White Lies by Daniel Hill

White Lies
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In a time when even the mention of anti-racism or the dreaded term “Critical Race Theory” shuts down a conversation faster than you can say “woke,” this book is more crucial than ever.

I am an avid reader of books about anti-racism, but this one—by Chicago pastor Daniel Hill, who received his theological training at the same place I did, Moody Bible Institute, really intrigued me. How would Hill apply his rigorous Moody training to the dismantling of white supremacy?

One big way is that Scripture flows through this book like a river. Hill’s sturdy connections to Scripture buttress this work. For example, he reminds readers that Jesus has the supremacy: “So that in everything he may have the supremacy” (Col. 1:18). “That phrase in particular helps me to remember that race-related work is rooted in a deeply spiritual struggle,” Hill says.

Another hallmark is Hill’s humility. He does not pretend to know all the answers and is clear that he has gotten things seriously wrong in his ministry and life. For those who would immediately peg him as “woke,” they would do well to read chapter 1: “Stop Being Woke,” a humbling chapter for me to read!

Also humbling: Hill’s assertion that diversity in and of itself is a weak goal. The real goal, he says, should be the dismantling of white supremacy, “an ideology that created extremely powerful and durable structures that continued to systemically target those deemed as less than.”

We might think white supremacy refers to those who burn crosses and wear hoods in the night—conveniently letting us off the hook—but it is so much more widespread and insidious than that. And while we might not be “racist” the way we define it as an individual act of prejudice, we are definitely “racialized.” Because race was made up by people. “Unlike ethnicity, which is a reflection of God’s creation, the construct of race was created by human beings.”

One of the book’s most valuable features is a detailed outline of U.S. history and how white supremacy has been baked in from the beginning. In this stunning section, presidents and other political leaders from George Washington to Donald Trump (with an even mix of Republicans and Democrats) are quoted, revealing their beliefs that people of color are “idle and depraved,” “stamped,” “dangerous,” “inferior and stupid,” “barbaric,” and sexual predators. We get it. It’s awful. Yet it doesn’t mean America and its history is beyond redemption.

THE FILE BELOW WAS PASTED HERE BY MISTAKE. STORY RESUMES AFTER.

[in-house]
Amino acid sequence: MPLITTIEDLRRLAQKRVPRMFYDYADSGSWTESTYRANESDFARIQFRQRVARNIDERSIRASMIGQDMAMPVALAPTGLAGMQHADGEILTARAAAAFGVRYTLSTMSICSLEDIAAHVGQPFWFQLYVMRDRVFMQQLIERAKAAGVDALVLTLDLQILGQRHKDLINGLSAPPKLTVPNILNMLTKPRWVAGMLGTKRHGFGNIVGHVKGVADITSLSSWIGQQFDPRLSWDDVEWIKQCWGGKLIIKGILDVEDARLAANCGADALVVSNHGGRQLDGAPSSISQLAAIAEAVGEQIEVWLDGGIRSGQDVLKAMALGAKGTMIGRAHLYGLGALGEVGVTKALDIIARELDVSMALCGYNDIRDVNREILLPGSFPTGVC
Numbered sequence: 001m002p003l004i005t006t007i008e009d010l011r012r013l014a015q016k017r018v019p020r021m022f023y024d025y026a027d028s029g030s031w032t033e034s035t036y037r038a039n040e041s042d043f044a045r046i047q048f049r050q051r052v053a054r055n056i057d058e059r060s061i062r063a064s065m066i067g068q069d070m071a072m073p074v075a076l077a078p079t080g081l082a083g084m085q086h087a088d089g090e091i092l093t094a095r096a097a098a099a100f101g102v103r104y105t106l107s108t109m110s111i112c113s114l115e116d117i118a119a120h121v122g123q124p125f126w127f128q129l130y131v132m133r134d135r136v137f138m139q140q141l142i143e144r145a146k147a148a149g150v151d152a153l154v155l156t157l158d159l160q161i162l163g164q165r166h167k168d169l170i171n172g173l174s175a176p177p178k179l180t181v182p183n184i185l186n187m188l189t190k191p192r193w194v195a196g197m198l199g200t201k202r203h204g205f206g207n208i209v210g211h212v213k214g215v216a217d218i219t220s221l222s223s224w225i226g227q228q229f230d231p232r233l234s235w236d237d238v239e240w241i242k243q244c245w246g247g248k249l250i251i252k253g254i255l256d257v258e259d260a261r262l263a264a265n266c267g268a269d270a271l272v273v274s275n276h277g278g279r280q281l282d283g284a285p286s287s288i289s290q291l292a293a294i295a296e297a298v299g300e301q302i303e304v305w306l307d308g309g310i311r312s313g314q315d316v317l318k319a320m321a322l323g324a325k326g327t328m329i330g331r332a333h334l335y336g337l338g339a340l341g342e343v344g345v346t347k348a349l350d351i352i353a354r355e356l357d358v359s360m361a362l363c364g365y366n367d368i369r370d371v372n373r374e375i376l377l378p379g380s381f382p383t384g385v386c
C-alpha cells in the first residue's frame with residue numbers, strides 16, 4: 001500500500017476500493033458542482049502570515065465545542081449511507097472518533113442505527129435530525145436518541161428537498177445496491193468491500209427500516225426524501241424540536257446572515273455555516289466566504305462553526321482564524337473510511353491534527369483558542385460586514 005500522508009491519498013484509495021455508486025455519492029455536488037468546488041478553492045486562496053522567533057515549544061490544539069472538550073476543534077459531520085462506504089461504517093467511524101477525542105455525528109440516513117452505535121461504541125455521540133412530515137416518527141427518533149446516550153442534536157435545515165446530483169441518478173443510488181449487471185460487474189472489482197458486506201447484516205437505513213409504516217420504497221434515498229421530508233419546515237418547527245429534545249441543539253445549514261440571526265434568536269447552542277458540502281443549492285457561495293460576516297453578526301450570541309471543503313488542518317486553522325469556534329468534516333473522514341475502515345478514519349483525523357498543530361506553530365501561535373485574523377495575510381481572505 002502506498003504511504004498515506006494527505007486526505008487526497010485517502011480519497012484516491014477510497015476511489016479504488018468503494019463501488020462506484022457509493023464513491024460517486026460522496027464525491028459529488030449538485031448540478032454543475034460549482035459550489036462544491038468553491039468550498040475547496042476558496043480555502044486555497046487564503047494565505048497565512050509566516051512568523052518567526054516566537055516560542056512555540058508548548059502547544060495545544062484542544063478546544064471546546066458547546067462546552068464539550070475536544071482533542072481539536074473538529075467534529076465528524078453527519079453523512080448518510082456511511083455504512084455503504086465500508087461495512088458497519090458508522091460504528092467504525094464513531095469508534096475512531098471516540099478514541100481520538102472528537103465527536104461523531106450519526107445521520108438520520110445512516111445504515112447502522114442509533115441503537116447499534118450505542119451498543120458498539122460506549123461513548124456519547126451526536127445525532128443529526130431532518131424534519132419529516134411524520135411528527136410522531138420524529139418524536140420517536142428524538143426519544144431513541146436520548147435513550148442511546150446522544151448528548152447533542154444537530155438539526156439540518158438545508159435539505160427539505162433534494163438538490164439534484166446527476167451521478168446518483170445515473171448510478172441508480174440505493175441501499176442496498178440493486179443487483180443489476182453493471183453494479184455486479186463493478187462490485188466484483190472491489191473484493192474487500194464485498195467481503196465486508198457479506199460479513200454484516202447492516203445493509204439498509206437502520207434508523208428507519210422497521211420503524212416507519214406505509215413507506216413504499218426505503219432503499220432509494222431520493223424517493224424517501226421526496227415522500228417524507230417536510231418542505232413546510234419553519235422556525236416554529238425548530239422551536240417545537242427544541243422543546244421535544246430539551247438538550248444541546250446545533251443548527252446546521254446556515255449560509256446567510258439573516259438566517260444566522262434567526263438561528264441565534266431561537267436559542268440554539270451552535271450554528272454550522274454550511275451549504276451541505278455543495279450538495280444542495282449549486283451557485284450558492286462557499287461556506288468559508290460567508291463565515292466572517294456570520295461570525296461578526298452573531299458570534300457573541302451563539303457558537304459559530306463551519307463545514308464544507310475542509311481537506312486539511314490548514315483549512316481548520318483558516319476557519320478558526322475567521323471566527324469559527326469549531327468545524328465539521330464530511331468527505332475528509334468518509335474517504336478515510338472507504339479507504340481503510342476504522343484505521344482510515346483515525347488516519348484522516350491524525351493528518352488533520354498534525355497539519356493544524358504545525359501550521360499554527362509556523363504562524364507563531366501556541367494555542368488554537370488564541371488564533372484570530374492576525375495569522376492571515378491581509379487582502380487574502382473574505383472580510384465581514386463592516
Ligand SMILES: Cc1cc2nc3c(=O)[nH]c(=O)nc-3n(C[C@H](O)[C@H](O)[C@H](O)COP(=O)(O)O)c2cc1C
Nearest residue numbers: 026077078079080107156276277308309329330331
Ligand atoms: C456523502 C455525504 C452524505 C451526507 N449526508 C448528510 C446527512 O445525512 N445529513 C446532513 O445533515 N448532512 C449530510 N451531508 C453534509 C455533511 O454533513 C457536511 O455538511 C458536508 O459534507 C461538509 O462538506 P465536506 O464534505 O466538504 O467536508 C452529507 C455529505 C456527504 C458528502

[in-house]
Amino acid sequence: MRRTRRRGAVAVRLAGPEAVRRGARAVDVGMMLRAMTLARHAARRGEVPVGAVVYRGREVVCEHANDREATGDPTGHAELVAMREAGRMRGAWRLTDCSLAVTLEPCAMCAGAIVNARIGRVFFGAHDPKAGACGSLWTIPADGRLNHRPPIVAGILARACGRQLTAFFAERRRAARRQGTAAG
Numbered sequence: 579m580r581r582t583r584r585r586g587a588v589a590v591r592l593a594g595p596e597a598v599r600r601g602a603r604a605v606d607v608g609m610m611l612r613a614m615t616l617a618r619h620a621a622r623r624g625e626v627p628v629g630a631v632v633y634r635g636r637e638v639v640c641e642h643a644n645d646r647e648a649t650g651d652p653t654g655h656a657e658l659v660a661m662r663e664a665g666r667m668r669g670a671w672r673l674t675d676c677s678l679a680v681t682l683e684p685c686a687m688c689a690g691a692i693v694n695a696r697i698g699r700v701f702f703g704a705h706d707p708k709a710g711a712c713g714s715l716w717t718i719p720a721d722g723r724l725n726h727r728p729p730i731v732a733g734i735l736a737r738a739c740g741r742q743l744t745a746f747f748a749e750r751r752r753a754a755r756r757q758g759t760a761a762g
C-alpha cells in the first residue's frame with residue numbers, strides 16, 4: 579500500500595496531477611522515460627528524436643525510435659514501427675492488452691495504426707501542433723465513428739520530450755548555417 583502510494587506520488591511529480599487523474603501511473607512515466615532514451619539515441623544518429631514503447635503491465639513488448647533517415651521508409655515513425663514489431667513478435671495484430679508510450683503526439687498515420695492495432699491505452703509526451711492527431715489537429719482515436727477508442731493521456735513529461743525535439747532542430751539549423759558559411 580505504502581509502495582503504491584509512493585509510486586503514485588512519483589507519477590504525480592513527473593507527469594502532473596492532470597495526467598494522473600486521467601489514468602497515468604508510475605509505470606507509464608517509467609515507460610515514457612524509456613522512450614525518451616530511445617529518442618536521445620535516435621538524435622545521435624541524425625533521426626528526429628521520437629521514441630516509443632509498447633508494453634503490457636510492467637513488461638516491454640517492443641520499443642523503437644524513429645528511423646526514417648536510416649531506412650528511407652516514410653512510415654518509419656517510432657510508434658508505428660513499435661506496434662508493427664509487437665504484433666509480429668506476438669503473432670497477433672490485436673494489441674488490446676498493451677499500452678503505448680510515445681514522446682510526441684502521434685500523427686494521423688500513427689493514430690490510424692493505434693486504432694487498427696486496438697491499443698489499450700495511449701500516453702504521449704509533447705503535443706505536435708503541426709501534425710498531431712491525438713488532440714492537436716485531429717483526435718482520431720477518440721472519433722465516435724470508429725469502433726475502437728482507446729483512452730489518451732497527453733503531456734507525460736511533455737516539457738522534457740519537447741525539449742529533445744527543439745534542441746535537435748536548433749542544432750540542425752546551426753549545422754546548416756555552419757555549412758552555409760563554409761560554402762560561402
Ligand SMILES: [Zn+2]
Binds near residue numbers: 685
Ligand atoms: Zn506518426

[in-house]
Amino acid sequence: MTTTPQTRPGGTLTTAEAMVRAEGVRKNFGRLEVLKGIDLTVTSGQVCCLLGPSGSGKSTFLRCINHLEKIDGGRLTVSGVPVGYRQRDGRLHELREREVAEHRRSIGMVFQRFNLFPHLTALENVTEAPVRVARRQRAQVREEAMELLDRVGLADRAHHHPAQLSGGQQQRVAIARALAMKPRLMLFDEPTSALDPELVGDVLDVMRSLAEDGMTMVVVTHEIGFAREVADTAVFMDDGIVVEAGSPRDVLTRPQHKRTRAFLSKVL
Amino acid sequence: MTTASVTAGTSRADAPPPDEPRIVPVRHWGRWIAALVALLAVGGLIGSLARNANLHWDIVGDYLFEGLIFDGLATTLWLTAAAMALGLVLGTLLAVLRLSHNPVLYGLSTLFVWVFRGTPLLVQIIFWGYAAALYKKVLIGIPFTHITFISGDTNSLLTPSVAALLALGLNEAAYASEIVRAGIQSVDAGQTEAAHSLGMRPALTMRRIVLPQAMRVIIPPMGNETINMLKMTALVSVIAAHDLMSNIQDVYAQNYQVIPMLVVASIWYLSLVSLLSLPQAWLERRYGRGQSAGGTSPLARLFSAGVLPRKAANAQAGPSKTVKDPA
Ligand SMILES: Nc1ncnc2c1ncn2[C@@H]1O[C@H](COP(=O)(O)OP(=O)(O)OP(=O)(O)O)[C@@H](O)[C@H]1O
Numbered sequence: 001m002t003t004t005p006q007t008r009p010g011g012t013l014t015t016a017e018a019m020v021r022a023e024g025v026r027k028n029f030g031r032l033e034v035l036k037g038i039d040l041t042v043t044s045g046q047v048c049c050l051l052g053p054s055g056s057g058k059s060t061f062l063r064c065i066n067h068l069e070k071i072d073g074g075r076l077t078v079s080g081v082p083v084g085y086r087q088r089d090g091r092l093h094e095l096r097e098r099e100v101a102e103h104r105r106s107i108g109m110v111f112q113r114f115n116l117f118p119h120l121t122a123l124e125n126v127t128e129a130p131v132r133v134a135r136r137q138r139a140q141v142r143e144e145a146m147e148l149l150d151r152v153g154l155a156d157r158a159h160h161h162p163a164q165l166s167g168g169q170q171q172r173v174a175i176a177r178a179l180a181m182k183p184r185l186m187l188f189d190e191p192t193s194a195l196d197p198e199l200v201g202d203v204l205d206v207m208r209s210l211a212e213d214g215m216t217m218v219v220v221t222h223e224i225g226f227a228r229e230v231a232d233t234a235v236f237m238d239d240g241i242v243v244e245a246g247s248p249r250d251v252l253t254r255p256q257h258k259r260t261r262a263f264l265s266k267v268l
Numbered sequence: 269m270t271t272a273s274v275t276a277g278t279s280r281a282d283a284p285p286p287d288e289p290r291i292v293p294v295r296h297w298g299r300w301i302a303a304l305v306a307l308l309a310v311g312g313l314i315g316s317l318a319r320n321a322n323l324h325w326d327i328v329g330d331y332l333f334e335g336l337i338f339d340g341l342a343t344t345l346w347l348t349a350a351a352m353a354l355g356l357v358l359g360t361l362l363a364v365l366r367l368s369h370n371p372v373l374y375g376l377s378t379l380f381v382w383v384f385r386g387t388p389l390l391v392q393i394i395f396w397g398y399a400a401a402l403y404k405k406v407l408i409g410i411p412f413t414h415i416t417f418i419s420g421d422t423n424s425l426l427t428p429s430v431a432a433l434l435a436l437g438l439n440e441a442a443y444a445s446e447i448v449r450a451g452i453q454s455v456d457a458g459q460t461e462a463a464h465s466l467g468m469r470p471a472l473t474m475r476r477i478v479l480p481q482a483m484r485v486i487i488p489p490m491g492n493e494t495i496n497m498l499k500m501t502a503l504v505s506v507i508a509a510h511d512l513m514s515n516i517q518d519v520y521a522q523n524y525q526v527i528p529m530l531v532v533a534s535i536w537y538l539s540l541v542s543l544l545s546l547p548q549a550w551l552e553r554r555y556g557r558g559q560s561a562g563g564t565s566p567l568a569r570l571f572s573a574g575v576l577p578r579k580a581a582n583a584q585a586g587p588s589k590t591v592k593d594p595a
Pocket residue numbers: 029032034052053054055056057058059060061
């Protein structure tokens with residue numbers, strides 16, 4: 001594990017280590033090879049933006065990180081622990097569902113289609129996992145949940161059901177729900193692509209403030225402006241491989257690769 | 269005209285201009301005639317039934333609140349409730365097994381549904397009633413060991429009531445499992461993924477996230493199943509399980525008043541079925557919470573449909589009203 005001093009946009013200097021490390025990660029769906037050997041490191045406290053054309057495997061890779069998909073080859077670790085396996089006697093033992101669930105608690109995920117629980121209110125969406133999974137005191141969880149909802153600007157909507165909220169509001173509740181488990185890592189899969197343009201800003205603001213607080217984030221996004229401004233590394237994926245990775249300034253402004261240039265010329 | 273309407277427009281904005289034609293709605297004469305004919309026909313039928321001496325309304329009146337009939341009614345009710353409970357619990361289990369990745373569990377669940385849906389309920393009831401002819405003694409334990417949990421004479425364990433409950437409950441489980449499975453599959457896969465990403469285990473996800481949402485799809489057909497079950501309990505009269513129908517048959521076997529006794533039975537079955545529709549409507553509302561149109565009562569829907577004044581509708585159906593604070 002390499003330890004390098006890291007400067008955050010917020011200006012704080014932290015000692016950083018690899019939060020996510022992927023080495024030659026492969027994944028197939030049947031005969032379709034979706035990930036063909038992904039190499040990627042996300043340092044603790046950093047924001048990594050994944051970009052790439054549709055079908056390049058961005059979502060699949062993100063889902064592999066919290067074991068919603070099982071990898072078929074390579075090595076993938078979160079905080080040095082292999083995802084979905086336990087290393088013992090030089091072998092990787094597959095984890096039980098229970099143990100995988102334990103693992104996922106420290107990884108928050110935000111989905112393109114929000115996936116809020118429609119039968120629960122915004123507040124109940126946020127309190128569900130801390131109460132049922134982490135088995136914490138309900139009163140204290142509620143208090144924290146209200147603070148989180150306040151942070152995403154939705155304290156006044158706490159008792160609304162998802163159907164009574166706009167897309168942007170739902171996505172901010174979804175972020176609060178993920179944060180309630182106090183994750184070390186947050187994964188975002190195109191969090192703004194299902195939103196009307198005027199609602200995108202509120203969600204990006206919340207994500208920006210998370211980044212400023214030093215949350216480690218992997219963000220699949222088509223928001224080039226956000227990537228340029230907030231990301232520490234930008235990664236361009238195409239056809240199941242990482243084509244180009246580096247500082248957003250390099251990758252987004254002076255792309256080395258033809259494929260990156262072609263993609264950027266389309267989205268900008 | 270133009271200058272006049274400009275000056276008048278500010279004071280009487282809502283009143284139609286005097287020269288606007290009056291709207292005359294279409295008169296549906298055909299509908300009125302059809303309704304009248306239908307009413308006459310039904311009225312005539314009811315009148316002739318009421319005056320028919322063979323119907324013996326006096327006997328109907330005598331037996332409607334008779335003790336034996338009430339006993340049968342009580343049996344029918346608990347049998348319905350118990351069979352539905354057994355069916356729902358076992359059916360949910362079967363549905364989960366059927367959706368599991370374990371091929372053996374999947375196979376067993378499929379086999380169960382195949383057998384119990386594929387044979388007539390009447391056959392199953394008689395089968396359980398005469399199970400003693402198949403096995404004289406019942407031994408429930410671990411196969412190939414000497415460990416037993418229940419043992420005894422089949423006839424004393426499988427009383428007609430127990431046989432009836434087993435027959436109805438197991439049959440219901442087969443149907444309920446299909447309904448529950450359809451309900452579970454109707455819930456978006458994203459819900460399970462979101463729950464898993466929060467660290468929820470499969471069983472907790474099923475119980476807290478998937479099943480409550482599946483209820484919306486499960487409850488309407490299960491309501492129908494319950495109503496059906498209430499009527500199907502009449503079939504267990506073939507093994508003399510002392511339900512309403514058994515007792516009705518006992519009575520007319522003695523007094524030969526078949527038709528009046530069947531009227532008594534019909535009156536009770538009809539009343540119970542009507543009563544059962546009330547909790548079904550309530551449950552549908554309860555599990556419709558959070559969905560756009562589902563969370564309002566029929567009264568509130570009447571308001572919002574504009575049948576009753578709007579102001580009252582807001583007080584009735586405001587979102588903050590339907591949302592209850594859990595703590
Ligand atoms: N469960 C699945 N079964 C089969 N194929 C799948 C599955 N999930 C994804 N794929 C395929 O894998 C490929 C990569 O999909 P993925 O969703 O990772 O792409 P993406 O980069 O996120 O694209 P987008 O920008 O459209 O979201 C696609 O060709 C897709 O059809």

But where do we go from here? As important as it is to confront the past, the present and future are urgently asking us to act now. Beyond being aware of the hissing “white lies” of the enemy, lies we breathe in like low-grade carbon monoxide, we can repent daily of our own sins in this area. Instead of insisting we’ve done nothing wrong, and therefore have nothing to repent of, we can humble ourselves before the throne of grace and be renewed by the one whose mercies are new every morning.  We can attack the false narratives of racial hierarchies in our own spheres, and always keep at the forefront of our minds that human value cannot be redefined by sinful human beings. God already defined that value through his creation and Jesus’ work on the cross. In the end, the most important thing to remember is God values each person the same and expects us to do likewise. “The narrative of imago dei (the image of God) is what leads us to a true and transforming experience of loving ourselves,” says Hill, “and loving our neighbor.” (Zondervan)

About the Author

Lorilee Craker, a native of Winnipeg, Manitoba, lives in Grand Rapids, Mich., in a 1924 house full of teenagers, pets, exchange students, and houseplants. The author of 15 books, including Anne of Green Gables, My Daughter and Me, she is the Mixed Media editor of The Banner. Find her at Lorileecraker.com or on Instagram @thebooksellersdaughter.

See comments (1)


Was "white supremacy" baked into the constitution of the United States? If so, I like to have it pointed out. The Constituion does not sanction a racial heirarchy, but "critical race theory" most certainly does, the 1619 project does, BLM cerainly does. If we are every going to rein in racism in this country in our our culture we need stop bashing our founding documents as "racist" constructs for starters. Martin Luther King would weep if he could listen to the rhetoric of cultural marxist that masquarde as apostles of racial harmony when it is plain for anyone to see that they are a most divisive lot. Only the gospel of God's grace is going to bring true and lasting peace and harmony between the races of humanity. Social justice warriors thrive on exacerbating racial tension. In fact they stoke the flames of discord all in an effort to appear as champions of justice. In the end they're no differnt than anarchist wanting to see our "Judeo-Christian" heritage burn to the ground. When the church of Jesus Christ is in lock step with the United Nations something is amiss.